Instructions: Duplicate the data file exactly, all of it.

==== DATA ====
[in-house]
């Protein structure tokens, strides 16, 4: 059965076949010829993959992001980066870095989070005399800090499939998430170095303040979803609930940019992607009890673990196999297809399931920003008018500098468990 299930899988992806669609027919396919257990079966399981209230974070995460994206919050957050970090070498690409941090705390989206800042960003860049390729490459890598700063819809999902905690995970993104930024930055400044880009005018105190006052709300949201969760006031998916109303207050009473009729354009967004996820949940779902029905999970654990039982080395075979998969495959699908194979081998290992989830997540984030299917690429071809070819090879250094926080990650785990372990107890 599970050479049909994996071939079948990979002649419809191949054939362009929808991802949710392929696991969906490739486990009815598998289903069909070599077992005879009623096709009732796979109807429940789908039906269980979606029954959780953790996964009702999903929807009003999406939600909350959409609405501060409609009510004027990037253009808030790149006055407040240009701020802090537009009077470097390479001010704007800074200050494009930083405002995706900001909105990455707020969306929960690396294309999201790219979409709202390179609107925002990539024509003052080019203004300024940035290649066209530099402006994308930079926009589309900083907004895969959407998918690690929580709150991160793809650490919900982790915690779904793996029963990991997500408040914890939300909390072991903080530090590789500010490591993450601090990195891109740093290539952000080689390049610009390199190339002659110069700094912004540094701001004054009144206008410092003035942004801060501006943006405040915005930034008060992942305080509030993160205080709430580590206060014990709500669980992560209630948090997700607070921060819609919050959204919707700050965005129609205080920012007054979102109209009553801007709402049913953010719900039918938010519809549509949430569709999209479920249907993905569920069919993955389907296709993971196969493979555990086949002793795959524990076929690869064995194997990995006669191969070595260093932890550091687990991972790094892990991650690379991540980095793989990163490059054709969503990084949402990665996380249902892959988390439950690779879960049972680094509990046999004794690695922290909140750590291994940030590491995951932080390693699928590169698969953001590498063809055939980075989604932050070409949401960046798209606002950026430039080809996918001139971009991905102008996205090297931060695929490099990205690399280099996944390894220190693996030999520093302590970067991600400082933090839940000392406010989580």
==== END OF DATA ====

[in-house]
């Protein structure tokens, strides 16, 4: 059965076949010829993959992001980066870095989070005399800090499939998430170095303040979803609930940019992607009890673990196999297809399931920003008018500098468990 299930899988992806669609027919396919257990079966399981209230974070995460994206919050957050970090070498690409941090705390989206800042960003860049390729490459890598700063819809999902905690995970993104930024930055400044880009005018105190006052709300949201969760006031998916109303207050009473009729354009967004996820949940779902029905999970654990039982080395075979998969495959699908194979081998290992989830997540984030299917690429071809070819090879250094926080990650785990372990107890 599970050479049909994996071939079948990979002649419809191949054939362009929808991802949710392929696991969906490739486990009815598998289903069909070599077992005879009623096709009732796979109807429940789908039906269980979606029954959780953790996964009702999903929807009003999406939600909350959409609405501060409609009510004027990037253009808030790149006055407040240009701020802090537009009077470097390479001010704007800074200050494009930083405002995706900001909105990455707020969306929960690396294309999201790219979409709202390179609107925002990539024509003052080019203004300024940035290649066209530099402006994308930079926009589309900083907004895969959407998918690690929580709150991160793809650490919900982790915690779904793996029963990991997500408040914890939300909390072991903080530090590789500010490591993450601090990195891109740093290539952000080689390049610009390199190339002659110069700094912004540094701001004054009144206008410092003035942004801060501006943006405040915005930034008060992942305080509030993160205080709430580590206060014990709500669980992560209630948090997700607070921060819609919050959204919707700050965005129609205080920012007054979102109209009553801007709402049913953010719900039918938010519809549509949430569709999209479920249907993905569920069919993955389907296709993971196969493979555990086949002793795959524990076929690869064995194997990995006669191969070595260093932890550091687990991972790094892990991650690379991540980095793989990163490059054709969503990084949402990665996380249902892959988390439950690779879960049972680094509990046999004794690695922290909140750590291994940030590491995951932080390693699928590169698969953001590498063809055939980075989604932050070409949401960046798209606002950026430039080809996918001139971009991905102008996205090297931060695929490099990205690399280099996944390894220190693996030999520093302590970067991600400082933090839940000392406010989580």